Rhymes On The Road. Extract XI. Florence.

A poem by Thomas Moore

No--'tis not the region where Love's to be found--
They have bosoms that sigh, they have glances that rove,
They have language a Sappho's own lip might resound,
When she warbled her best--but they've nothing like Love.

Nor is't that pure sentiment only they want,
Which Heaven for the mild and the tranquil hath made--
Calm, wedded affection, that home-rooted plant
Which sweetens seclusion and smiles in the shade;

That feeling which, after long years have gone by,
Remains like a portrait we've sat for in youth,
Where, even tho' the flush of the colors may fly,
The features still live in their first smiling truth;

That union where all that in Woman is kind,
With all that in Man most ennoblingly towers,
Grow wreathed into one--like the column, combined
Of the strength of the shaft and the capital's flowers.

Of this--bear ye witness, ye wives, everywhere,
By the ARNO, the PO, by all ITALY'S streams--
Of this heart-wedded love, so delicious to share,
Not a husband hath even one glimpse in his dreams.

But it is not this only;--born full of the light
Of a sun from whose fount the luxuriant festoons
Of these beautiful valleys drink lustre so bright
That beside him our suns of the north are but moons,--

We might fancy at least, like their climate they burned;
And that Love tho' unused in this region of spring
To be thus to a tame Household Deity turned,
Would yet be all soul when abroad on the wing.

And there may be, there are those explosions of heart
Which burst when the senses have first caught the flame;
Such fits of the blood as those climates impart,
Where Love is a sun-stroke that maddens the frame.

But that Passion which springs in the depth of the soul;
Whose beginnings are virginly pure as the source
Of some small mountain rivulet destined to roll
As a torrent ere long, losing peace in its course--

A course to which Modesty's struggle but lends
A more headlong descent without chance of recall;
But which Modesty even to the last edge attends,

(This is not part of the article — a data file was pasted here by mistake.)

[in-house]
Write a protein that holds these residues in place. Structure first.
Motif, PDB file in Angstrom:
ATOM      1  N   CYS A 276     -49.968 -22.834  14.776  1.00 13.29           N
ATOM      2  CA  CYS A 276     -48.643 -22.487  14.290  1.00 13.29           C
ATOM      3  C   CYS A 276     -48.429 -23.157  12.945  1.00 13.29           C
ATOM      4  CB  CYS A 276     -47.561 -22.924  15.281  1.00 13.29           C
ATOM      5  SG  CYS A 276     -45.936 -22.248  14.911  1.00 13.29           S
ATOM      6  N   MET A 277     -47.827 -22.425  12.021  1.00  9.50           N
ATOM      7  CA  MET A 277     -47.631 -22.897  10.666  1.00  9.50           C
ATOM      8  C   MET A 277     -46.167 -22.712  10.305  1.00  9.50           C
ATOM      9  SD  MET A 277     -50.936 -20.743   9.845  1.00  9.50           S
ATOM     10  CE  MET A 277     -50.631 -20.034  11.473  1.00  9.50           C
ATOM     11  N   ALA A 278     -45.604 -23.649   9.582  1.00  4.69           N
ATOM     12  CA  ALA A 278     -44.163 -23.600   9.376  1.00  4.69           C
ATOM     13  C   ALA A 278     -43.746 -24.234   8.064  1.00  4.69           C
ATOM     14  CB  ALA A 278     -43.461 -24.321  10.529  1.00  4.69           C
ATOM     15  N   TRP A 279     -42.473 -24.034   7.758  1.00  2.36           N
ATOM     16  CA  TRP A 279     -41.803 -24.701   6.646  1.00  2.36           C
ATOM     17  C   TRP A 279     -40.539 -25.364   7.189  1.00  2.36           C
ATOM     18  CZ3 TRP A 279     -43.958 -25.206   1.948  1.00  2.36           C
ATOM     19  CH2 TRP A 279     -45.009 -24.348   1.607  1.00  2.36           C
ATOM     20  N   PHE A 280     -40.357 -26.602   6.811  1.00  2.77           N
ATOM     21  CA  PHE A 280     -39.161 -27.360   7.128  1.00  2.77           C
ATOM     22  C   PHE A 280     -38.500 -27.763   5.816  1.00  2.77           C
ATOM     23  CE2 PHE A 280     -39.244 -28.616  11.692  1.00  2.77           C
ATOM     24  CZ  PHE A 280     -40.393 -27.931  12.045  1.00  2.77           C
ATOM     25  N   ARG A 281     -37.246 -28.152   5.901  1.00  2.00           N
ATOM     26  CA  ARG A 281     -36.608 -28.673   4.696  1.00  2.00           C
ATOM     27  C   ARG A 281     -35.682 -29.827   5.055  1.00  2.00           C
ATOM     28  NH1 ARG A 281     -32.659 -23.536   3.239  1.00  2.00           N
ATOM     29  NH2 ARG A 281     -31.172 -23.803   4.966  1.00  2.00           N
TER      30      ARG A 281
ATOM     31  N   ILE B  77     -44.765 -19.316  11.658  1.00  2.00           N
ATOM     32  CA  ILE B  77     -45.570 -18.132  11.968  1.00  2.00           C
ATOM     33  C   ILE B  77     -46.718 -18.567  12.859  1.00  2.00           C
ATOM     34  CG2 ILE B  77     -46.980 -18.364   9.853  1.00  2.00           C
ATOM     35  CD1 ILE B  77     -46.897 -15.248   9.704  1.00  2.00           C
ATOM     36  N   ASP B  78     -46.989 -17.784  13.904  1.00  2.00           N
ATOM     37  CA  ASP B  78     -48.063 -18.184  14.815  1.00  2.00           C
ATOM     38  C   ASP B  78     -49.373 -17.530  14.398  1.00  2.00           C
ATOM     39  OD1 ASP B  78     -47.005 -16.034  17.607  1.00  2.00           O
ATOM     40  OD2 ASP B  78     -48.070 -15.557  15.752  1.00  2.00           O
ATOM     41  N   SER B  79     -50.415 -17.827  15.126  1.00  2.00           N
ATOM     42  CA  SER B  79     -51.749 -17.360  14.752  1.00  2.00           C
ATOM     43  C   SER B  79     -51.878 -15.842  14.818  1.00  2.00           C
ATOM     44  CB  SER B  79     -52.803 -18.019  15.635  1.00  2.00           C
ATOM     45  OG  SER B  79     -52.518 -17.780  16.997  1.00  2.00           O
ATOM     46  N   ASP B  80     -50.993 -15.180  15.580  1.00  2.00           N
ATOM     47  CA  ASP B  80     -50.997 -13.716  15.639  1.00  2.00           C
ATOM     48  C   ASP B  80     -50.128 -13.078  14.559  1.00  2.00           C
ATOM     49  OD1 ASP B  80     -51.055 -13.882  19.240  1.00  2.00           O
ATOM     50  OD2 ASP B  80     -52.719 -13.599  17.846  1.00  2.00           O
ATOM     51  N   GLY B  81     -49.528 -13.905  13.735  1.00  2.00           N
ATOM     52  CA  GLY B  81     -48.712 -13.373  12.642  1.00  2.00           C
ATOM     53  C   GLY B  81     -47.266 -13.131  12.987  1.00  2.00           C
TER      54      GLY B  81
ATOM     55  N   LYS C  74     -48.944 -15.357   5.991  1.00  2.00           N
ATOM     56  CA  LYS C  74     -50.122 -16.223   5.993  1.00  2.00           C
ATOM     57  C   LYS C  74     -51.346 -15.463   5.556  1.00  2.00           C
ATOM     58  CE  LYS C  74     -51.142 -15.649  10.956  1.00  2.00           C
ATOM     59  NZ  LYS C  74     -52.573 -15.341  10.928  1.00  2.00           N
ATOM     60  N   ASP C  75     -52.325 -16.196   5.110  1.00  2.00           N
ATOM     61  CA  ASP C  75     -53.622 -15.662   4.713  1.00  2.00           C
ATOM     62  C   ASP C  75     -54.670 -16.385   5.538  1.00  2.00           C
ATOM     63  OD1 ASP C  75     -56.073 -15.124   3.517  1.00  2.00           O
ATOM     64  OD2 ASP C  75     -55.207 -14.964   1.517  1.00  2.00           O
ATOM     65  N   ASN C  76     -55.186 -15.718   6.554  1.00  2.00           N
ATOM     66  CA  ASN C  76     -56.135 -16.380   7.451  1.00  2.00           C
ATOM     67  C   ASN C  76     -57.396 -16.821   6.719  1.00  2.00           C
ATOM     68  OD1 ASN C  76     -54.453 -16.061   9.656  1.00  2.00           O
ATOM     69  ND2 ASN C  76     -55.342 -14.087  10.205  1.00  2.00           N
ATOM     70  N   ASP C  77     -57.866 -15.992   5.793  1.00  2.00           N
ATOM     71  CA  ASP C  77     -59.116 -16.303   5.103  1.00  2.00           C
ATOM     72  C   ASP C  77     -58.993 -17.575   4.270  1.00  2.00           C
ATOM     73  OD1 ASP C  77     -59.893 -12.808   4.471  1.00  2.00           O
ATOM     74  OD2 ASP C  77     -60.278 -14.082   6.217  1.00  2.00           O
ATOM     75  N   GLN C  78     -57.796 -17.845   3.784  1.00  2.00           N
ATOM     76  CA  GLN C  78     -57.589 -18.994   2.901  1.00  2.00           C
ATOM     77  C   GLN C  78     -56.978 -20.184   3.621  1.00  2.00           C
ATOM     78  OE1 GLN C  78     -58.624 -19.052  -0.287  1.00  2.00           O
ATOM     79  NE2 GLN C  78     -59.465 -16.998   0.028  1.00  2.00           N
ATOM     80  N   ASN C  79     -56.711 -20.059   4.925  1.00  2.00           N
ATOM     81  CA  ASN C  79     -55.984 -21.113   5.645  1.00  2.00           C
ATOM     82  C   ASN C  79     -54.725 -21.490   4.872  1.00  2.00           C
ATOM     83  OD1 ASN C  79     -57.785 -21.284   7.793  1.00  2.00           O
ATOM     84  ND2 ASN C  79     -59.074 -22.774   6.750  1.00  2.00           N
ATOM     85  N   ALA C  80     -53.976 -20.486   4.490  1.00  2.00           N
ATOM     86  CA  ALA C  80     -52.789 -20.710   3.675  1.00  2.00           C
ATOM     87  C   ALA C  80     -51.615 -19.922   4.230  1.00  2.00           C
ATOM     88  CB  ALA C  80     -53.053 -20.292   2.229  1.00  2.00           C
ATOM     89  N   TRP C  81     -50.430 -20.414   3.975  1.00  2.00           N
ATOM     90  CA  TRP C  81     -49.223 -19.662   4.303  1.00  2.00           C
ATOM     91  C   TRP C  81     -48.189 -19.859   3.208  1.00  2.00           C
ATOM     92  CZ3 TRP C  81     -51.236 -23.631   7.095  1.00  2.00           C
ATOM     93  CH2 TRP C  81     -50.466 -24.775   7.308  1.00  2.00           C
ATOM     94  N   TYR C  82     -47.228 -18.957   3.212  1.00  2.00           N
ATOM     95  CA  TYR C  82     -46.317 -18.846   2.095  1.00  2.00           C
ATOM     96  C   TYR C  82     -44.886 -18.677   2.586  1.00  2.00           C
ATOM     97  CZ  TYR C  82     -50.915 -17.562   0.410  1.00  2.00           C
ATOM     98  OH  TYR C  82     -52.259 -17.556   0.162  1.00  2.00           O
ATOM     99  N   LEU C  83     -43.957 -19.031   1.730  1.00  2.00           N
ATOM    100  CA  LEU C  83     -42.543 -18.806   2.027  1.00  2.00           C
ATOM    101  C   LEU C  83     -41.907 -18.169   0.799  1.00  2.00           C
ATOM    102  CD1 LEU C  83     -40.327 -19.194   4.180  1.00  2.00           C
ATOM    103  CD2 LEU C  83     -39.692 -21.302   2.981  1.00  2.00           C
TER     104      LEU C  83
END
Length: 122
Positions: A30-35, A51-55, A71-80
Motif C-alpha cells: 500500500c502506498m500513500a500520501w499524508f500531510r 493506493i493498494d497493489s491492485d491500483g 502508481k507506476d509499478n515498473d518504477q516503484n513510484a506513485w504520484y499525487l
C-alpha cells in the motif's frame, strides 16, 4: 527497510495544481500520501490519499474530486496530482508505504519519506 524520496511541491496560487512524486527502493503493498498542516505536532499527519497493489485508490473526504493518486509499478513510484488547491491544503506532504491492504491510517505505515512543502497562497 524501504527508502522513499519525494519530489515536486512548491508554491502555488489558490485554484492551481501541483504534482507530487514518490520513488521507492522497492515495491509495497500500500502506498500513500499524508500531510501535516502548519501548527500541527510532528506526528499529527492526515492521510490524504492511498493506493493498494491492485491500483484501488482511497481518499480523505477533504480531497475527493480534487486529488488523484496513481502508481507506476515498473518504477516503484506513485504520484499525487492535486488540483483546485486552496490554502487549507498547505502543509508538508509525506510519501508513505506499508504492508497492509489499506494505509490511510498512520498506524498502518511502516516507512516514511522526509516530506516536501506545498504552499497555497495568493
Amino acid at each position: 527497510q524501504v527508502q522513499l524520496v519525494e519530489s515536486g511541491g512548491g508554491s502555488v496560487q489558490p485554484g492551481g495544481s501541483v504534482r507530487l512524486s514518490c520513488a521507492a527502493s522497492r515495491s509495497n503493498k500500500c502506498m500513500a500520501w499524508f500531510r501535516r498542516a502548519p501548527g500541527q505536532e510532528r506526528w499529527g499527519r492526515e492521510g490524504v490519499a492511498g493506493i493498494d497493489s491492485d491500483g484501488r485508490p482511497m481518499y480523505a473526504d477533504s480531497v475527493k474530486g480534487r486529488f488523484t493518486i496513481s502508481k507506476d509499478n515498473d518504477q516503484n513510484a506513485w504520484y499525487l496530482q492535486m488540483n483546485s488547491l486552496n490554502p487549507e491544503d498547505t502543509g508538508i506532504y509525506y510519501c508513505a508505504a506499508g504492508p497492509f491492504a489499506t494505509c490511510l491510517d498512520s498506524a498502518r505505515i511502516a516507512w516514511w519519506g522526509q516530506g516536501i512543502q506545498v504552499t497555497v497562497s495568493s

And then throws a halo of tears round its fall!

This exquisite Passion--ay, exquisite, even
Mid the ruin its madness too often hath made,
As it keeps even then a bright trace of the heaven,
That heaven of Virtue from which it has strayed--

This entireness of love which can only be found,
Where Woman like something that's holy, watched over,
And fenced from her childhood with purity round,
Comes body and soul fresh as Spring to a lover!

Where not an eye answers, where not a hand presses,
Till spirit with spirit in sympathy move;
And the Senses asleep in their sacred recesses
Can only be reached thro' the temple of Love!--

This perfection of Passion-how can it be found,
Where the mystery Nature hath hung round the tie
By which souls are together attracted and bound,
Is laid open for ever to heart,
ear and eye;--

Where naught of that innocent doubt can exist,
That ignorance even than knowledge more bright,
Which circles the young like the morn's sunny mist,
And curtains them round in their own native light;--

Where Experience leaves nothing for Love to reveal,
Or for Fancy in visions to gleam o'er the thought:
But the truths which alone we would die to conceal
From the maiden's young heart are the only ones taught.

No, no, 'tis not here, howsoever we sigh,
Whether purely to Hymen's one planet we pray,
Or adore, like Sabaeans, each light of Love's sky,
Here is not the region to fix or to stray.

For faithless in wedlock, in gallantry gross,
Without honor to guard, to reserve, to restrain,
What have they a husband can mourn as a loss?
What have they a lover can prize as a gain?

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